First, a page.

Vertu donates cleft palate surgery for every handset sold
Nokia-owned luxury mobile phone brand Vertu will provide free corrective surgery to a child with a cleft lip or palate for every Constellation Smile handset sold.
The initiative is being run in partnership with the Smile Train charity and will be supported by an online, CRM and in-store campaign.
M&C Saatchi created the campaign that will kick off with a global launch event tonight (12 June) in London. The event will unveil the Constellation Smile handset and a photography exhibition by Mary McCartney.
The campaign is based on the concept that being able to communicate clearly is key to success in life, regardless of whether they are a top business executive or a disadvantaged child.
Vertu is positioning the Constellation Smile handset as "the key to better communication for all".
The creative features Smile Train success stories and explains who benefits from the scheme.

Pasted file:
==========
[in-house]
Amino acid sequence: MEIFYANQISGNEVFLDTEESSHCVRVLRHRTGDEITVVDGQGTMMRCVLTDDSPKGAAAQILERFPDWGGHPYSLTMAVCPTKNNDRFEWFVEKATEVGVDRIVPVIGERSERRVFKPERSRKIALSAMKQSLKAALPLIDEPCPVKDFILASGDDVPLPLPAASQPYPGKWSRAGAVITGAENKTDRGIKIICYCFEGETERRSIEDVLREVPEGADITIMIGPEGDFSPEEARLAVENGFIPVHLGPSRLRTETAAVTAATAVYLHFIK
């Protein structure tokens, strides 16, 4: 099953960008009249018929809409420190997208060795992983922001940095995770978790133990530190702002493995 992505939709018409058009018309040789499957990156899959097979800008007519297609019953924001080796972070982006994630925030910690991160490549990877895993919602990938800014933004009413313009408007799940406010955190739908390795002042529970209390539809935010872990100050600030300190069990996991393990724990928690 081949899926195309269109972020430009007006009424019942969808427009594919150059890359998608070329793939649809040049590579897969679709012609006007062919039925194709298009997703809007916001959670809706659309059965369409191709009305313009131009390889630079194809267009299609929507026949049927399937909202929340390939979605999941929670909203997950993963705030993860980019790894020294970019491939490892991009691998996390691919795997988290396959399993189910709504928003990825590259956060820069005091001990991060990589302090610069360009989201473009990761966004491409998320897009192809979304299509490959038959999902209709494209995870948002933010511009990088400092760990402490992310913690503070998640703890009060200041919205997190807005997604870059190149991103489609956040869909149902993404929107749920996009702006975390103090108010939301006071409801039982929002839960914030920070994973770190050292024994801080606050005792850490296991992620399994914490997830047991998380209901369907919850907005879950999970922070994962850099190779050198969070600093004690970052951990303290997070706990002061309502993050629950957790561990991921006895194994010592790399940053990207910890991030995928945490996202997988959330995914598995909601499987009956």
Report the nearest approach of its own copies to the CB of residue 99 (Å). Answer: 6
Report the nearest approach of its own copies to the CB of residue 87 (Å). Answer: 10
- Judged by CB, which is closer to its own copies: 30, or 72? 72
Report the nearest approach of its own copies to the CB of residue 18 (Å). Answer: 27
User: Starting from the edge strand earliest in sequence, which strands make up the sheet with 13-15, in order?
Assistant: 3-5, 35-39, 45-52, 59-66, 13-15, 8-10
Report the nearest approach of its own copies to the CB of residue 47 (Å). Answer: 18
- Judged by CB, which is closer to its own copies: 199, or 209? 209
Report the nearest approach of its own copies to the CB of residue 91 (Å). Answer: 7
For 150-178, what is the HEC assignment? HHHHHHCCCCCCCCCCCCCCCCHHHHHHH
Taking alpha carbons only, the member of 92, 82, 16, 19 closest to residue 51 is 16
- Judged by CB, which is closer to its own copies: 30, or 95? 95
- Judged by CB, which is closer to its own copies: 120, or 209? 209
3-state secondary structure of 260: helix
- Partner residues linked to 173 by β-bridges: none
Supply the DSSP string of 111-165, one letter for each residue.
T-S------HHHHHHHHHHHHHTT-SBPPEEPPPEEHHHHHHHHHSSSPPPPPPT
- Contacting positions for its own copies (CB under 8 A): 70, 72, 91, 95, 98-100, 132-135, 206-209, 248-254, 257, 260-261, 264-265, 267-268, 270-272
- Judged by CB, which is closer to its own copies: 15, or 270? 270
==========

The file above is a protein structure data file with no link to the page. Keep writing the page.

The activity is designed to build on the existing Vertu campaign, which positions the phone as a way of providing access to a world of exclusive experiences.
Vertu has struck deals with members clubs around the world to give owners access to exclusive facilities in major cities.
Adam Thomas, head of global PR and communications at Vertu, said: "The unique partnership between Vertu and Smile Train is driven by the belief that everyone should have the right to clear communication.
"Mary McCartney’s beautiful photography perfectly captures the joy of children helped by Smile Train."
The Vertu website will host the campaign, McCartney’s photography and a film about the project, which links a Constellation Smile handset model to a child to tell their individual story.
The promotion is targeted at Vertu’s key markets, including Europe, Asia and the US.
Each Constellation Smile is made by one craftsman. The touch screen handset comes in a range of vulcanized rubber including coral blue, coral red, pebble grey and anemone purple.
Struggling handset maker Nokia is reported to be in advanced talks about selling its UK-based subsidiary Vertu to private equity group Permira.
Follow Matthew Chapman at @mattchapmanUK
This article was first published on marketingmagazine.co.uk
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